Winning In Public, Winning In Parliament
Monday, 11 December 2006
Speeches - Other
Speech to ACT Auckland North Electorates, Hobson Motor Inn, Hobsonville, Auckland, 7.30pm Monday 11 December 2006.
ACT has had a fantastic year in 2006.
We are often told ACT is the lucky party. Heather Roy and I have taken more Bills to Parliament over the past twelve
months than ACT did in any one of the previous five years.
Having our Bills drawn from the ballot may have been good luck but the thinking and the work behind each one of those
Bills represented ACT's commitment to its core values and principles.
We know that our achievements aren't simply the result of luck, but are the result of people like you working with us
for our common goals.
Heather and I have both worked hard to raise our profiles and allow people to see us putting ACT's values forward in
positive, practical ways.
We have crossed the country sharing our views and ideas with increasingly more attentive audiences.
This year Heather and I have delivered speeches on tax, health, education, privatisation, the environment, national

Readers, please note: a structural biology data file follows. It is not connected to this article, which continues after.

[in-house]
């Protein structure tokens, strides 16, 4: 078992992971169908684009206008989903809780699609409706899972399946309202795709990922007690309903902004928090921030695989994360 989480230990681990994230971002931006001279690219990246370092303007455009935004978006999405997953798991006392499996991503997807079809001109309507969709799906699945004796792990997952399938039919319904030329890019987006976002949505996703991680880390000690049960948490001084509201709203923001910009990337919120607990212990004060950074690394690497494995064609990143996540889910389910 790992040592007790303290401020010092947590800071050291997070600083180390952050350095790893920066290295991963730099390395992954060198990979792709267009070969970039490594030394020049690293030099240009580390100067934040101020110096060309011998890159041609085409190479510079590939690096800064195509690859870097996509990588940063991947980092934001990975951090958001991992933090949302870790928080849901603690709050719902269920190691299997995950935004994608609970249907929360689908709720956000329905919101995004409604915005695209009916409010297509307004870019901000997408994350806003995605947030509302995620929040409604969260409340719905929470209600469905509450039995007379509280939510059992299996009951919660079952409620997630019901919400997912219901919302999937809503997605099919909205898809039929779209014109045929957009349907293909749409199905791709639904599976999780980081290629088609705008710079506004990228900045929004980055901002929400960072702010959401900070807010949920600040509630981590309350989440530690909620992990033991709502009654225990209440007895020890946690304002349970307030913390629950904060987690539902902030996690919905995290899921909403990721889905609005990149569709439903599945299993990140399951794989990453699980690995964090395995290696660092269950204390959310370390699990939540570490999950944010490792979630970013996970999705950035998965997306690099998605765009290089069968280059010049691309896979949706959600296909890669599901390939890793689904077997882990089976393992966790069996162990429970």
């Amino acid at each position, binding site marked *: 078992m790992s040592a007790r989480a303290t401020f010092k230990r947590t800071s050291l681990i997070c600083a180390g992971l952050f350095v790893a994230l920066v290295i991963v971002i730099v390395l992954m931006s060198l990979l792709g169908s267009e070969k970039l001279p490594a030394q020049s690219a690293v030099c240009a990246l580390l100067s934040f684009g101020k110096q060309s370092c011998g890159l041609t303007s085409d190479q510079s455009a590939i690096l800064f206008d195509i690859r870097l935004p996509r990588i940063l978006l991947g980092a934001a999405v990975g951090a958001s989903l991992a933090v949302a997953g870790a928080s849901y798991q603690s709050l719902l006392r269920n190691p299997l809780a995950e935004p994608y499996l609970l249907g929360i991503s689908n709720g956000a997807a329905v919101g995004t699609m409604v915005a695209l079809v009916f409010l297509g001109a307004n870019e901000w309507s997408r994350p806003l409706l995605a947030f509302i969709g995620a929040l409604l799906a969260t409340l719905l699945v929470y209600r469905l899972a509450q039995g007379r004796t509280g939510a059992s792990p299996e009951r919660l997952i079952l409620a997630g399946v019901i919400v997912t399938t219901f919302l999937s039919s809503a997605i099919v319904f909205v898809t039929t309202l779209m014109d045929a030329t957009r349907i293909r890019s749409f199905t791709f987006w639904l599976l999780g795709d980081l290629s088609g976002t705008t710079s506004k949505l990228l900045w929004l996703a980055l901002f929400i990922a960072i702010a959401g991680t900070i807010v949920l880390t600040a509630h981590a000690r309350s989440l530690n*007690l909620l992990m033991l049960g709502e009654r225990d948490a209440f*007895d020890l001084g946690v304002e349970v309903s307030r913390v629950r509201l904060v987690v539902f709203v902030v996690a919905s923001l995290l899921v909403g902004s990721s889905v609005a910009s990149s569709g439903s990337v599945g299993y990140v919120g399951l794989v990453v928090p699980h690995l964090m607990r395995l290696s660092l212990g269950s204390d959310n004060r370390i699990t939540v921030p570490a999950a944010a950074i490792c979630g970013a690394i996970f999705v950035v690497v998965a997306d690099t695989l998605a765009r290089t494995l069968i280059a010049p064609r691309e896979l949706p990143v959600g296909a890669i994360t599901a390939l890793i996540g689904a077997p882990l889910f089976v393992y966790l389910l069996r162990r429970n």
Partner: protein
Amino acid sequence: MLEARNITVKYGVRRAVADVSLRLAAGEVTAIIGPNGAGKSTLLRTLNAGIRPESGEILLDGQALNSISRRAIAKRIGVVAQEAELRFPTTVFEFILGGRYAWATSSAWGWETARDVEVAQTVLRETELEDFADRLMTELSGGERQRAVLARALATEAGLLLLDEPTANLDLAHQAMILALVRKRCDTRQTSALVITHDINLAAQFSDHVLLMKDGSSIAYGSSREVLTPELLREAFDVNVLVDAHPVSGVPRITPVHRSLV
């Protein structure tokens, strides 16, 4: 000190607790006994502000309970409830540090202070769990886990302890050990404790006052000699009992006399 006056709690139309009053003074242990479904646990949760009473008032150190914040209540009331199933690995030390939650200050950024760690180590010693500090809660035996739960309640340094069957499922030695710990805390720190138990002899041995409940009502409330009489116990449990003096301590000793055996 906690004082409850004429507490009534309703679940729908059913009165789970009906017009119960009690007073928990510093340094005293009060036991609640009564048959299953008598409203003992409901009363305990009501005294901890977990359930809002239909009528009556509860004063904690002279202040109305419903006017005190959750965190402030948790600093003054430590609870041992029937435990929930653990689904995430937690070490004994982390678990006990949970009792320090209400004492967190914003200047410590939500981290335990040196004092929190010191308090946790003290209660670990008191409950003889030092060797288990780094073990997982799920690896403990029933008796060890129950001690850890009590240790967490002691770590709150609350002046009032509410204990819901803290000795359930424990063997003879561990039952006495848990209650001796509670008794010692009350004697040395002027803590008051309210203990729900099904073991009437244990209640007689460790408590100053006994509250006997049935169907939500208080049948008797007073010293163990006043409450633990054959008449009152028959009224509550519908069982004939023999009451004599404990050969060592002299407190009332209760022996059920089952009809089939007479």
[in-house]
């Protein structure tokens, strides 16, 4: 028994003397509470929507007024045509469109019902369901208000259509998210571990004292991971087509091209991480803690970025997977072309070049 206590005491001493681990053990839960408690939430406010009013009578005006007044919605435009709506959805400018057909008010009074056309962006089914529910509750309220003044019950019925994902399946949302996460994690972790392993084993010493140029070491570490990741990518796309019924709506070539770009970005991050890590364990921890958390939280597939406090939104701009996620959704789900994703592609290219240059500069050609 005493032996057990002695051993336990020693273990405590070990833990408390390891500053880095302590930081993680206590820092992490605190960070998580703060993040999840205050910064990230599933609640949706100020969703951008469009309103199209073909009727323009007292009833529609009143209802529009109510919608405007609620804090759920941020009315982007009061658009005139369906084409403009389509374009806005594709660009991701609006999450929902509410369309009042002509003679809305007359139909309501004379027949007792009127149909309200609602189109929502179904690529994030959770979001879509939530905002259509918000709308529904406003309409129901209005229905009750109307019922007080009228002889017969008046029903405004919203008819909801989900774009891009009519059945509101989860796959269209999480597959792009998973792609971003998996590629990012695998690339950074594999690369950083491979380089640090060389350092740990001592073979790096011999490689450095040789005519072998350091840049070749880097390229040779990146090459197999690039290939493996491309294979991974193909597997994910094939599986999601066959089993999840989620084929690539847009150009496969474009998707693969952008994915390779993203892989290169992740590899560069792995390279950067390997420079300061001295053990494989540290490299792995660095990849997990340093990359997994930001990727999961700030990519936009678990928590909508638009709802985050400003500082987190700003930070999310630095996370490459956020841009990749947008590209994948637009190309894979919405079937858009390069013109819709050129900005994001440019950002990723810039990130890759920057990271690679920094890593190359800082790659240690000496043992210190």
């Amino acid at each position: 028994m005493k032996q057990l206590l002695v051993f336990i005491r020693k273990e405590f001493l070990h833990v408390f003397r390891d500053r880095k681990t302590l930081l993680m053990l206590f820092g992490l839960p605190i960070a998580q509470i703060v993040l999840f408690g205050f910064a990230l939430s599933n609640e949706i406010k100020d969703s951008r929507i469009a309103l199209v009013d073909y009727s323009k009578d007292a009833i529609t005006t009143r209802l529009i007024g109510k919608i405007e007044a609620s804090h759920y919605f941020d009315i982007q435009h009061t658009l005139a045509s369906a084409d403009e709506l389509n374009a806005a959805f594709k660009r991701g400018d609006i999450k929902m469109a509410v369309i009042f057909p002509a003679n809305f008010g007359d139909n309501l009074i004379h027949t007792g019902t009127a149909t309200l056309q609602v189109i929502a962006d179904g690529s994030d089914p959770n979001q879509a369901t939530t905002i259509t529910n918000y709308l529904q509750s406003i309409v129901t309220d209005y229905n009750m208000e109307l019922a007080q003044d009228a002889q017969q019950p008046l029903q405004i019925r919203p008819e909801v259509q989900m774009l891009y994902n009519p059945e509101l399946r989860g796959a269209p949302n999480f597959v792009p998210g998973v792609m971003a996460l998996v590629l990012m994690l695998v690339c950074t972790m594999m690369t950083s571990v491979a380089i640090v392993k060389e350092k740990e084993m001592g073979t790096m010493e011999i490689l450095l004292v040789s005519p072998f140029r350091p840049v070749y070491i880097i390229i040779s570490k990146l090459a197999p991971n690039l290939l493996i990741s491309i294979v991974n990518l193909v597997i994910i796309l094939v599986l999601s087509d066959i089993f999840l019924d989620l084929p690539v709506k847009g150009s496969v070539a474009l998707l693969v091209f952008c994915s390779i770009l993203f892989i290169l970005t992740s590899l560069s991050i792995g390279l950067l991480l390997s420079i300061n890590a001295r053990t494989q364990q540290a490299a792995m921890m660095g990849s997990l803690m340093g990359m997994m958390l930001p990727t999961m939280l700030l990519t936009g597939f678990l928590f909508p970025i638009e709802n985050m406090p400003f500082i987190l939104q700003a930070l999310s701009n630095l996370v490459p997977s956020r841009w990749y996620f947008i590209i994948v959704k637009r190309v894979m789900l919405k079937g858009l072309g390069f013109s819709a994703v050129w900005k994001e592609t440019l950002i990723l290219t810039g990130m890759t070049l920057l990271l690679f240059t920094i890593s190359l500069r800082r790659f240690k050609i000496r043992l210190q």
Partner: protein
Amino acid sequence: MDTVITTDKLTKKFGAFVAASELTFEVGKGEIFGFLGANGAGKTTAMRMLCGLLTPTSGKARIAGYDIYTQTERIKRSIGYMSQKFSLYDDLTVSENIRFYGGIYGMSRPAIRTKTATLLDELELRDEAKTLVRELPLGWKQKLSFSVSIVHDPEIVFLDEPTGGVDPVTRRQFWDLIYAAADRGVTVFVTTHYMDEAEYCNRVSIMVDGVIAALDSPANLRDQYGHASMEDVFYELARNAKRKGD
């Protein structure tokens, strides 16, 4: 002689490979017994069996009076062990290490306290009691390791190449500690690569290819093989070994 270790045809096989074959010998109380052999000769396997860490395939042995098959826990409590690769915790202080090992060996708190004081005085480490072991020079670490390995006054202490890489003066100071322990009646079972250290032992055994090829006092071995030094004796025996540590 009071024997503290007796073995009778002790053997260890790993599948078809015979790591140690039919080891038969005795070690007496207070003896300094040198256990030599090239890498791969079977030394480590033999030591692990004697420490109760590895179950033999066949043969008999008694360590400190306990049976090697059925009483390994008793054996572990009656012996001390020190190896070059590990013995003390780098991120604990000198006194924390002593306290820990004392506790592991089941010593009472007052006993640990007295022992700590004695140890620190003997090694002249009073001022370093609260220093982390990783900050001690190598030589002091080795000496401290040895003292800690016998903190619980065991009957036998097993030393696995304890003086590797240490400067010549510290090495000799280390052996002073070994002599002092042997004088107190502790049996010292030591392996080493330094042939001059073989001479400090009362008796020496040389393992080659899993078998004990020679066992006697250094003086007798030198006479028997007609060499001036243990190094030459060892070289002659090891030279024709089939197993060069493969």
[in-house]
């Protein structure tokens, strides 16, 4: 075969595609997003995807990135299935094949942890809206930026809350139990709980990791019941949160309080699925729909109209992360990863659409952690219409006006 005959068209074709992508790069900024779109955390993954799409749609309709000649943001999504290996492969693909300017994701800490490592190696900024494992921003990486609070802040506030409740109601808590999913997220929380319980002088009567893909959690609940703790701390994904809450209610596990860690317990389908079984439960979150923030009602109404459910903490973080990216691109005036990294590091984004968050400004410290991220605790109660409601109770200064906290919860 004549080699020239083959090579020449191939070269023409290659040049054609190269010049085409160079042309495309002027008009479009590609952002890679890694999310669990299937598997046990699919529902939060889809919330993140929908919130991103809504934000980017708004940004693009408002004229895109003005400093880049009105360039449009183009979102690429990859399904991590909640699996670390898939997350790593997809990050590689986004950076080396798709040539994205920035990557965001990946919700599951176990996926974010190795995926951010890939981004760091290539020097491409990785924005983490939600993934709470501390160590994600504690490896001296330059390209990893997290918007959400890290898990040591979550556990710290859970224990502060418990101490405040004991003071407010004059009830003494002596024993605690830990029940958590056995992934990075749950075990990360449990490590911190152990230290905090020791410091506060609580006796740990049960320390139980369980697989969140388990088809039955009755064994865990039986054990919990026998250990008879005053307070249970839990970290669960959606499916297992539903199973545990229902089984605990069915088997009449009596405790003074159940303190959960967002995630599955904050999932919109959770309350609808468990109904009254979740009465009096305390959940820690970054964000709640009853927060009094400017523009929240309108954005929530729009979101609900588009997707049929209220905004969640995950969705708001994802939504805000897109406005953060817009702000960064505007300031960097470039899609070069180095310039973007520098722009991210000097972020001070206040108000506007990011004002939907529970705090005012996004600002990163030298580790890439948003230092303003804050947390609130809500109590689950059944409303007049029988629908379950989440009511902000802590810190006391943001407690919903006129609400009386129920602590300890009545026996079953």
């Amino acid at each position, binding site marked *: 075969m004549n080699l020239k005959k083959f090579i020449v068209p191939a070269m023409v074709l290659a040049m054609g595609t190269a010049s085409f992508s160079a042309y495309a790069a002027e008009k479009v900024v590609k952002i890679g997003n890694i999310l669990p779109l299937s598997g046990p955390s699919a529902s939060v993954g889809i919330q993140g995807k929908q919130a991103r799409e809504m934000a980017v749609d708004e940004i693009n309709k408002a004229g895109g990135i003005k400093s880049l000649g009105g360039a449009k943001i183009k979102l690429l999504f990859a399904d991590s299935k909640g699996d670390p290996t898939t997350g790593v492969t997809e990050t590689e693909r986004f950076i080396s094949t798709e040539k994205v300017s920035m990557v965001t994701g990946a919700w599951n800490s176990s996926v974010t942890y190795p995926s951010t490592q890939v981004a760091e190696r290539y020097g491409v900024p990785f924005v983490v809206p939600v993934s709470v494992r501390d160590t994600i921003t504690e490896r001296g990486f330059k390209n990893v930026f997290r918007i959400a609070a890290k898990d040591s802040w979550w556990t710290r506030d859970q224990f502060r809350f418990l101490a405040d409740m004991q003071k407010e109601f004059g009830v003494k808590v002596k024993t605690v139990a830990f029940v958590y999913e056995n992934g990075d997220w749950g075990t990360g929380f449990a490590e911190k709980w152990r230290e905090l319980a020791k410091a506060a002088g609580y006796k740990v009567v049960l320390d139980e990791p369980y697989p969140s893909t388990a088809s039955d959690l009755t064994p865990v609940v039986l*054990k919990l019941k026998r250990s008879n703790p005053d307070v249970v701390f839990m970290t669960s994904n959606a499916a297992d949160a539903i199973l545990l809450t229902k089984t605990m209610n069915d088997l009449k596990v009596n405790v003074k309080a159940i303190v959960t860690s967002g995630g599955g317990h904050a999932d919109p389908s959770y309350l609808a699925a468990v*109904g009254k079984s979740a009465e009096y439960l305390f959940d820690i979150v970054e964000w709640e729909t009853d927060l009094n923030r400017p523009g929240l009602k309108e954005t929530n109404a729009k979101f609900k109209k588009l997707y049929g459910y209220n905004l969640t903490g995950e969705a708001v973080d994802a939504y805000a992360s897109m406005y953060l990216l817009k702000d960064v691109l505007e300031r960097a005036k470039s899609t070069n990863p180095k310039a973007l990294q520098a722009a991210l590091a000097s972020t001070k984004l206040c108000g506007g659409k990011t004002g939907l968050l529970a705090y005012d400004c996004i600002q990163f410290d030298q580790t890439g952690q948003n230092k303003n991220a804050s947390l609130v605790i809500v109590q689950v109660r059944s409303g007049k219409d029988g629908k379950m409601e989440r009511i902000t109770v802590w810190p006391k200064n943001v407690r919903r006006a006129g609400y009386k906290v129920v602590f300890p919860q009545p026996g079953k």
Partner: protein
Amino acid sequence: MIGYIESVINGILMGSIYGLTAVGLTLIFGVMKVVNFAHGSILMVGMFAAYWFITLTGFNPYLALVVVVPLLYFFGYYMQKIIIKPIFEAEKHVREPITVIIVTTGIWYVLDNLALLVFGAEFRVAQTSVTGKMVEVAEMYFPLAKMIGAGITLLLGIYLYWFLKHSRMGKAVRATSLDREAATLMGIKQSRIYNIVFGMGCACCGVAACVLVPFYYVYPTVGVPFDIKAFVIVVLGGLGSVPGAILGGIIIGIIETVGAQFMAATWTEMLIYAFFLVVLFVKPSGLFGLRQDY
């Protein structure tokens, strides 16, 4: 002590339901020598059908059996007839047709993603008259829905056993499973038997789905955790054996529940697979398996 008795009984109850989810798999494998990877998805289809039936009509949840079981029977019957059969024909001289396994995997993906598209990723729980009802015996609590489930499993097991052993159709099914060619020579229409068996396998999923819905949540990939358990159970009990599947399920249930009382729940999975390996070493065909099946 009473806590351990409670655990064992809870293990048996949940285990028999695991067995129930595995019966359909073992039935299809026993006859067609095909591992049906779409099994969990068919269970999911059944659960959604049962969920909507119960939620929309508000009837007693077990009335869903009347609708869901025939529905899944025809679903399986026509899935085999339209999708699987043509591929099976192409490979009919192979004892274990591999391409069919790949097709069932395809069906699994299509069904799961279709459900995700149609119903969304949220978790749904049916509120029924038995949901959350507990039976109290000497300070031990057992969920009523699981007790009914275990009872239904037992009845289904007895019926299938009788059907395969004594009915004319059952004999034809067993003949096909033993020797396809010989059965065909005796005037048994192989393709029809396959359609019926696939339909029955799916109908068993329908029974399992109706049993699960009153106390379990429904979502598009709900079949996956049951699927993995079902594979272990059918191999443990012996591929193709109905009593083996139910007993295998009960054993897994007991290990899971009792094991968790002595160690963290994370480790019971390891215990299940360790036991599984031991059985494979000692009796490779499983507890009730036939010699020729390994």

security and local government.
We have put a new focus on constraining politicians and trusting the people.
ACT may be small, but we are not alone.
For the first time since our formation, we have made significant contact with parties overseas which carry the liberal
Learning about their campaign experiences first hand, especially how they deal with the challenges of proportional
systems was both invaluable and reassuring.
We were also reminded of the need to explain our policies in ways that more people could understand.
That the way people think about ACT and our advocates is important.
And that it's not enough just for us to know how our policies work, but that those who stand to gain the most from them
need to know as well.
Now we come to the end of 2006 in great heart - and raring to go in 2007.
The National Party, under new leadership, are cuddling up to Labour Party policies.
The debate between the two old parties is now about who should be in power. Not about policy.
That's possibly smart politics from National.
And it certainly brings new opportunities for ACT.
But to capitalise on the opportunity we must stay true to our philosophy of freedom, which can be summarised as a fair
go for all.
We must build our own support and establish our own constituency, to be the true third party in New Zealand politics.
And we must stand as a truly independent party - able to work with all parties in the best interests of New Zealand and